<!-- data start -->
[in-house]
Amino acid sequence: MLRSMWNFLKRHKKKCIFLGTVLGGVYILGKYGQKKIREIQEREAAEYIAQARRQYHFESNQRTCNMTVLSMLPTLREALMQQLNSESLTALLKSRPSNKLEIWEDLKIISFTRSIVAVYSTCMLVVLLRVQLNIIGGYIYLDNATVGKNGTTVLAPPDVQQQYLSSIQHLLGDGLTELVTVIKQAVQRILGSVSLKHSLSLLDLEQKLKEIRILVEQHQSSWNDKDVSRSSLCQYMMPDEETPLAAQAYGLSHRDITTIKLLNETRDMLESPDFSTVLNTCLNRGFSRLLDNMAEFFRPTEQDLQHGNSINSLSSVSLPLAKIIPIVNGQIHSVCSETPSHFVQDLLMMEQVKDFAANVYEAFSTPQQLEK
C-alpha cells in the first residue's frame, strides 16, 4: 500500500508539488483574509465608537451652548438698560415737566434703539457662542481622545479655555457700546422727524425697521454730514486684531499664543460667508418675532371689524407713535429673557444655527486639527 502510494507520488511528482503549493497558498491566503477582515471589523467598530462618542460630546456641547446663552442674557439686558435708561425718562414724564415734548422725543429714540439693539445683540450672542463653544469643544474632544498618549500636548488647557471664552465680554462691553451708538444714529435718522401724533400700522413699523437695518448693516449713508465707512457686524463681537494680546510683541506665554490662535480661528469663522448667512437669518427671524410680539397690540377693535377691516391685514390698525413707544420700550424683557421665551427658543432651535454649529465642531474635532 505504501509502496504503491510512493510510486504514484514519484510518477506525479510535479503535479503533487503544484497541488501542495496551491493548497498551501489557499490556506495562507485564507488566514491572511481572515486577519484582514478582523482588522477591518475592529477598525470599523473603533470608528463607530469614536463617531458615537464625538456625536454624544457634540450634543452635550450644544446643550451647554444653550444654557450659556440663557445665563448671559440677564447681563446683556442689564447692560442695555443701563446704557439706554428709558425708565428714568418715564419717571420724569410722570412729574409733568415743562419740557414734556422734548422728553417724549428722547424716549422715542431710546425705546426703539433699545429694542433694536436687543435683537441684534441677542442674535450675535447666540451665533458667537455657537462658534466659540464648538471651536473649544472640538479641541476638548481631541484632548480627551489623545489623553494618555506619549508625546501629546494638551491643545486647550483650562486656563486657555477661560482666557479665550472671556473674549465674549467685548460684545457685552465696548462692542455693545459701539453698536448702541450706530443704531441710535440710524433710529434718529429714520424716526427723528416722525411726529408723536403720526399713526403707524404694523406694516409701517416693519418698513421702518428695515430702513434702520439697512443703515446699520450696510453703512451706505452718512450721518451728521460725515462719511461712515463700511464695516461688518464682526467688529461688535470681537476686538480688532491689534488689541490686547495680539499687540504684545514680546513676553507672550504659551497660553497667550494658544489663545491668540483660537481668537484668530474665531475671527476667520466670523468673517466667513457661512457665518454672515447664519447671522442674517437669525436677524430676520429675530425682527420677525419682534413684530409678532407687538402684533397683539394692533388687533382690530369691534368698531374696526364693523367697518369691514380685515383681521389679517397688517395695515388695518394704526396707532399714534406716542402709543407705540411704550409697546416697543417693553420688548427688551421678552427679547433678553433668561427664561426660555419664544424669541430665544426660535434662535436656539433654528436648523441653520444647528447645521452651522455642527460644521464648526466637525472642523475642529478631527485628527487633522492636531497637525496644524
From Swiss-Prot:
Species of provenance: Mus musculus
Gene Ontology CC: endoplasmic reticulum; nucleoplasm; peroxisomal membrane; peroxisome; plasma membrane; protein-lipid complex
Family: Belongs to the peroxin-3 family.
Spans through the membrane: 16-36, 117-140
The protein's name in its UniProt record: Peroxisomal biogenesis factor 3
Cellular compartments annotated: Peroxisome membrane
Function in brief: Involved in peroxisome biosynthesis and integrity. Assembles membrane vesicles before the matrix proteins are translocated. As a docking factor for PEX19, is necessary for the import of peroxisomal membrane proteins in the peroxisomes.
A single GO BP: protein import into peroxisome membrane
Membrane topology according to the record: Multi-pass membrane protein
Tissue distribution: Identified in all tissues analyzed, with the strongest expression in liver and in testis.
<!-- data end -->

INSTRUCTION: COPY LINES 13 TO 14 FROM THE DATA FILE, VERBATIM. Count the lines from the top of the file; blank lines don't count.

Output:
Membrane topology according to the record: Multi-pass membrane protein
Tissue distribution: Identified in all tissues analyzed, with the strongest expression in liver and in testis.